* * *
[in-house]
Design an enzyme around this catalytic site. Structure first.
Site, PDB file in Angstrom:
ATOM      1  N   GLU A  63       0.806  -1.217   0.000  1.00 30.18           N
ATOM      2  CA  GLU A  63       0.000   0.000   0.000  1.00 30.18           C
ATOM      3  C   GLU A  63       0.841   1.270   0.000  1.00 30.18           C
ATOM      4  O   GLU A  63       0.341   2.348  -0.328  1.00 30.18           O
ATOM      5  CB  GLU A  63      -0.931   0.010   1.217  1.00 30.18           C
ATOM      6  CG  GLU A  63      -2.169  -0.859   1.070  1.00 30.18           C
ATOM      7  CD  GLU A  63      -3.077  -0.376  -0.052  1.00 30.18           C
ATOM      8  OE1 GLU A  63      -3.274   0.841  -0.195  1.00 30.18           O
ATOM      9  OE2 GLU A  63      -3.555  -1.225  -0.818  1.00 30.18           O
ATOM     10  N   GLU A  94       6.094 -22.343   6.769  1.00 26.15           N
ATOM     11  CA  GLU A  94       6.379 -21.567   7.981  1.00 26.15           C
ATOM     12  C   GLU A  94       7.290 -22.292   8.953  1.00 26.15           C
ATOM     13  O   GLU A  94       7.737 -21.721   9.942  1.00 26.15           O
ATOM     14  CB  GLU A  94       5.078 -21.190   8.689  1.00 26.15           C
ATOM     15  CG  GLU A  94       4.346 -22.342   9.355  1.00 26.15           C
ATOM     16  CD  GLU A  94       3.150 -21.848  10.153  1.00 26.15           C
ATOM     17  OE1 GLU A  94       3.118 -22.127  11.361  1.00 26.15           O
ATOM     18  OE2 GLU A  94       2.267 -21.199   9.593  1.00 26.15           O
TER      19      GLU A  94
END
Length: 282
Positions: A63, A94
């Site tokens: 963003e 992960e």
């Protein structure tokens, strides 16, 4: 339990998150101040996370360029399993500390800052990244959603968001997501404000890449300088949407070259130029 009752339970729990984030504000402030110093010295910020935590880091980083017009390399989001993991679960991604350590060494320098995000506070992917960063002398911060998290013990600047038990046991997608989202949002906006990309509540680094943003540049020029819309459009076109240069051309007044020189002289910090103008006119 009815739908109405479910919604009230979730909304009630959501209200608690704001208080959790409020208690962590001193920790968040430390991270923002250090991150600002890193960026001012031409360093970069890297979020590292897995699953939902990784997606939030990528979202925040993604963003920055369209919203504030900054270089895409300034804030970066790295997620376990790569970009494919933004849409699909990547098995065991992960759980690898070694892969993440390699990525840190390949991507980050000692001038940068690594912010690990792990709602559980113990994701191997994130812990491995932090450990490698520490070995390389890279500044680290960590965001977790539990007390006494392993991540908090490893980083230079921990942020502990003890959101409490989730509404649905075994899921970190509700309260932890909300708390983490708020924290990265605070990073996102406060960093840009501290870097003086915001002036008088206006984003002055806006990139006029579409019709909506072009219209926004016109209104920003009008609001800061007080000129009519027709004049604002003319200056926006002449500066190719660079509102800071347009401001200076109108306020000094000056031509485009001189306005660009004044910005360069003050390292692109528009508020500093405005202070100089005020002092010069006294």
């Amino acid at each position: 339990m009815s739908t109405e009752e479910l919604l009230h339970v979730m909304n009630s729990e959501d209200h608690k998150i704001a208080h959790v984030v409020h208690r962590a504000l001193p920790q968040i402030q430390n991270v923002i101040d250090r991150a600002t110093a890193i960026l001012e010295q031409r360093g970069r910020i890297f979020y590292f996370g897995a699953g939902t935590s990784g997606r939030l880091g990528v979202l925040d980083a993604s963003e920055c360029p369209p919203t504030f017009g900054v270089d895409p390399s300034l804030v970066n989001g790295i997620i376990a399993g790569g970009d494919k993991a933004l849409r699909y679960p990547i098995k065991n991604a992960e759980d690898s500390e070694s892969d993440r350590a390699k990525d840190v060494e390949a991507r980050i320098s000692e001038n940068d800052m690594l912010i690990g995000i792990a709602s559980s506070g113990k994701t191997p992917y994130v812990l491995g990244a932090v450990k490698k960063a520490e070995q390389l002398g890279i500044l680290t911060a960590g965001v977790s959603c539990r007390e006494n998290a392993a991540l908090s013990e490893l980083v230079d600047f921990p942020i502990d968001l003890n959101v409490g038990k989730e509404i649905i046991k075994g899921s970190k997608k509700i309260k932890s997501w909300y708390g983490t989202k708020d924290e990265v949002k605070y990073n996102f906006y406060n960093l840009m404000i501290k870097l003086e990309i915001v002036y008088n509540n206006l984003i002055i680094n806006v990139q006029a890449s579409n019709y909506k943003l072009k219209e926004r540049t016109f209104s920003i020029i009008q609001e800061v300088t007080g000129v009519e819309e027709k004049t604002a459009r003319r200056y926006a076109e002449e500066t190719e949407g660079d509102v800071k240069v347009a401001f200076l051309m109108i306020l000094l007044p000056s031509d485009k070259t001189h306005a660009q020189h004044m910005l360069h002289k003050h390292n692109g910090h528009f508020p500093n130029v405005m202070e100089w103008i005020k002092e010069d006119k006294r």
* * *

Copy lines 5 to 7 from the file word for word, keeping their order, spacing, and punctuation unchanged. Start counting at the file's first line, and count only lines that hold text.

ATOM      2  CA  GLU A  63       0.000   0.000   0.000  1.00 30.18           C
ATOM      3  C   GLU A  63       0.841   1.270   0.000  1.00 30.18           C
ATOM      4  O   GLU A  63       0.341   2.348  -0.328  1.00 30.18           O